We let these people play God; there needs to be more accountability and transparency.

  9. jaxthefirst says:

    Unfortunately, so many owners of establishments have become so tainted with the anti-smoking poison that they are now choosing to ban vaping whether they have to or not. Dyed-in-the-wool anti-smoking establishment owners dislike vaping because it denies them the kick that they get seeing smokers having to suffer the punishment that’s been lined up for them – to them it’s sort of like “cheating.” Less vitriolic antis dislike vaping because it bears a passing resemblance to smoking and thus might “give the wrong impression.” Even if an establishment did allow vaping, you could bet your bottom dollar that there’d be some anti-smoking customer who would kick up a fuss at the sight of vaping, and no-one needs that sort of hassle in their pub or restaurant, do they? So it’s easier simply to ban it. In my area there’s only one pub which allows vaping, but only if the vaper (a) only takes one or two discreet puffs at a time, rather than “drawing” on their e-cig several times, like a smoker would, and then puts the e-cig back in their bag or pocket; (b) doesn’t use a device which emits a lot of steam; and (c) doesn’t leave the device in full sight out on the table or bar. On one occasion, a vaper took his e-cig out of his pocket to get at his wallet to pay for some drinks and put it on the bar and was quietly asked by the barmaid to put it back before anyone saw it. Given such a set of strict, nannifying rules, it’s not surprising that vapers at that pub will most often go outside to join the smokers. What is surprising, though, is that any vapers still actually go there at all!

  10. Rose says:

    Just for fun, I read this in the Telegraph today.

    Knitting should be prescribed on NHS to lower blood pressure, reduce depression and slow dementia

    “The new review found that knitting lowers heart rate by an average 11 beats per minute and induces ‘an enhanced state of calm’ and even the same state of ‘flow’ experienced by athletes when they are ‘in the zone’ which causes a drop in stress hormones and blood pressure.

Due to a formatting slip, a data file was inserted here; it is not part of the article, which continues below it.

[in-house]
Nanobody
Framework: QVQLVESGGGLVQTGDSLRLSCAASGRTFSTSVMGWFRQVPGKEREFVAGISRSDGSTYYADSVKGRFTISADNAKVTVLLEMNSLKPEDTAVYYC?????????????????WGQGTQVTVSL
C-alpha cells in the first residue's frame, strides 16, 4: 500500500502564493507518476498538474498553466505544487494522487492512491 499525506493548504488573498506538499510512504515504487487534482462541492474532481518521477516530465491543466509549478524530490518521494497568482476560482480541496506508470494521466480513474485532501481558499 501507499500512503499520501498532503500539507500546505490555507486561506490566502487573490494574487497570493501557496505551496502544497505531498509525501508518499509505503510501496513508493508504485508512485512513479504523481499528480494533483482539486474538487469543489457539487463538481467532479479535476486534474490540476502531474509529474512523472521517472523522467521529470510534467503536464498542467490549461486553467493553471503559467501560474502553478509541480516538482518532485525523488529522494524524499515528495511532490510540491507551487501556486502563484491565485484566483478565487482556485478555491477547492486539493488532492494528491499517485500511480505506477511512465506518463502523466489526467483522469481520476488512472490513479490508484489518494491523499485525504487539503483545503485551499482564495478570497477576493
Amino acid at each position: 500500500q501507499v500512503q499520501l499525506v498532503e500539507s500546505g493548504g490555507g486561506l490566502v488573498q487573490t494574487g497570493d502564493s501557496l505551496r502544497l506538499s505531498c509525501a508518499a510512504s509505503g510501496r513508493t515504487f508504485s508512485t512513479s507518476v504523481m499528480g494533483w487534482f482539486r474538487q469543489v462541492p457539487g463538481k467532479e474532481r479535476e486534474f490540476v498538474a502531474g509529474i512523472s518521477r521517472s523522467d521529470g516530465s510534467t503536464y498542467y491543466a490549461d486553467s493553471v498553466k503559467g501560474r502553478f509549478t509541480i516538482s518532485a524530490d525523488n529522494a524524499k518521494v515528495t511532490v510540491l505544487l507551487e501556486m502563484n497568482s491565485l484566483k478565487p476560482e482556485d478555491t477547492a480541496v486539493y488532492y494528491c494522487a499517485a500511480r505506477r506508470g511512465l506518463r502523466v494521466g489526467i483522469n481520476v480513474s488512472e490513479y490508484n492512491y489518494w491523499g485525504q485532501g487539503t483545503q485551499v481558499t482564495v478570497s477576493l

It also helps chronic pain by switching off alarm signals in the brain, because the focus is turned elsewhere. Repetitive movement also boosts calming serotonin which lifts mood and dulls pain.

    A study of over 70s by the Mayo Clinic in the US , found that knitting was associated with decreased odds of experiencing mild-cognitive impairment, which increases the risk of developing Alzheimer’s disease.
    The process of creating an object also boosts the reward centres of the brain and can help lower depression. And many former smokers have used knitting as a way to control their cravings to reach for cigarettes, by keeping their hands busy with the needles.

    “We found a surprisingly large body of research showing the health benefits of knitting. What is more surprising is how little known the research is,” added Dame Hilary.
    “Knitting is often dismissed or derided as old-fashioned but it should be promoted because of its health-giving qualities.

    “Every GP appointment costs around £45 but we believe knitting could help prevent people needing to visit the doctor so much, and help them feel happier, less isolated, and more healthy.”
    The report also calls for knitting to be taught in schools.”

    What a brilliant way to ruin a perfectly harmless pastime, they simply can’t leave anything alone.
    Through autumn and winter I have been tucked up on the sofa in the warm watching an endless amount of films, kidding myself that I was doing something useful and knitting warm jumpers for every child I know and some of their mothers too.

    Now they tell me it’s healthy and should be taught in schools by law.
    You just can’t win.

    • Joe L. says:

      The way things are going, it’s only a matter of time before our governments provide us with a website containing an official, comprehensive list of every food, activity, fabric, light source, etc. known to man (essentially anything that a human could possibly encounter or interact with in this universe), each with an eye-catching, color-coded indicator of that thing’s “Healthiness Factor” where Green = Extremely Healthy, Red = Extremely Unhealthy and various shades of yellow and orange in between.

      Remember those “terrorism threat level” indicators after 9/11 (whatever happened to them)? Something along those lines.

  11. Pingback: Some Strengths and Weaknesses of Tobacco Control | Frank Davis